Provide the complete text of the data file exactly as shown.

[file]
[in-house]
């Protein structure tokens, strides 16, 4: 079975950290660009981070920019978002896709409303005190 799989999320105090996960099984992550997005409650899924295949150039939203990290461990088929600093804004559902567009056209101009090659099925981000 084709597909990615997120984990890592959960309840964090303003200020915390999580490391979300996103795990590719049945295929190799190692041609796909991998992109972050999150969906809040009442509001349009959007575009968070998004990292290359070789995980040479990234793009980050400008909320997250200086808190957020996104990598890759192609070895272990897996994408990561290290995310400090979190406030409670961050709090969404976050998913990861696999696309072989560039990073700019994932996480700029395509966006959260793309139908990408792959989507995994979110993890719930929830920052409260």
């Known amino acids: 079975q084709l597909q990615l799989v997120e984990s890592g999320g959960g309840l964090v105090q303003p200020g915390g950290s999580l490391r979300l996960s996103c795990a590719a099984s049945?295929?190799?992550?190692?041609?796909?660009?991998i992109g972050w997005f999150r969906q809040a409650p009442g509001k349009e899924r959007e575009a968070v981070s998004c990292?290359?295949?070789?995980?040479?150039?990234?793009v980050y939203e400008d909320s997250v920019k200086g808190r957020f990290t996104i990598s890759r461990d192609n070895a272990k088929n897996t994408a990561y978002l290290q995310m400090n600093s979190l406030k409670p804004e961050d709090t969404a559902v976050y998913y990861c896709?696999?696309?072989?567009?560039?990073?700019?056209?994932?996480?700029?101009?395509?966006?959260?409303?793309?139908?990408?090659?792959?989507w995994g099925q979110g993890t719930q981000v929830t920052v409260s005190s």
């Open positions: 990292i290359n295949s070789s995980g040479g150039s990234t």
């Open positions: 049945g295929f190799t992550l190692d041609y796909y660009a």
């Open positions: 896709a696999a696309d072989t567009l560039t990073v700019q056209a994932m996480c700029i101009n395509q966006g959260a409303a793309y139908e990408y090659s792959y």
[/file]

[in-house]
């Protein structure tokens, strides 16, 4: 079975950290660009981070920019978002896709409303005190 799989999320105090996960099984992550997005409650899924295949150039939203990290461990088929600093804004559902567009056209101009090659099925981000 084709597909990615997120984990890592959960309840964090303003200020915390999580490391979300996103795990590719049945295929190799190692041609796909991998992109972050999150969906809040009442509001349009959007575009968070998004990292290359070789995980040479990234793009980050400008909320997250200086808190957020996104990598890759192609070895272990897996994408990561290290995310400090979190406030409670961050709090969404976050998913990861696999696309072989560039990073700019994932996480700029395509966006959260793309139908990408792959989507995994979110993890719930929830920052409260």
């Known amino acids: 079975q084709l597909q990615l799989v997120e984990s890592g999320g959960g309840l964090v105090q303003p200020g915390g950290s999580l490391r979300l996960s996103c795990a590719a099984s049945?295929?190799?992550?190692?041609?796909?660009?991998i992109g972050w997005f999150r969906q809040a409650p009442g509001k349009e899924r959007e575009a968070v981070s998004c990292?290359?295949?070789?995980?040479?150039?990234?793009v980050y939203e400008d909320s997250v920019k200086g808190r957020f990290t996104i990598s890759r461990d192609n070895a272990k088929n897996t994408a990561y978002l290290q995310m400090n600093s979190l406030k409670p804004e961050d709090t969404a559902v976050y998913y990861c896709?696999?696309?072989?567009?560039?990073?700019?056209?994932?996480?700029?101009?395509?966006?959260?409303?793309?139908?990408?090659?792959?989507w995994g099925q979110g993890t719930q981000v929830t920052v409260s005190s």
């Open positions: 990292i290359n295949s070789s995980g040479g150039s990234t």
């Open positions: 049945g295929f190799t992550l190692d041609y796909y660009a």
């Open positions: 896709a696999a696309d072989t567009l560039t990073v700019q056209a994932m996480c700029i101009n395509q966006g959260a409303a793309y139908e990408y090659s792959y």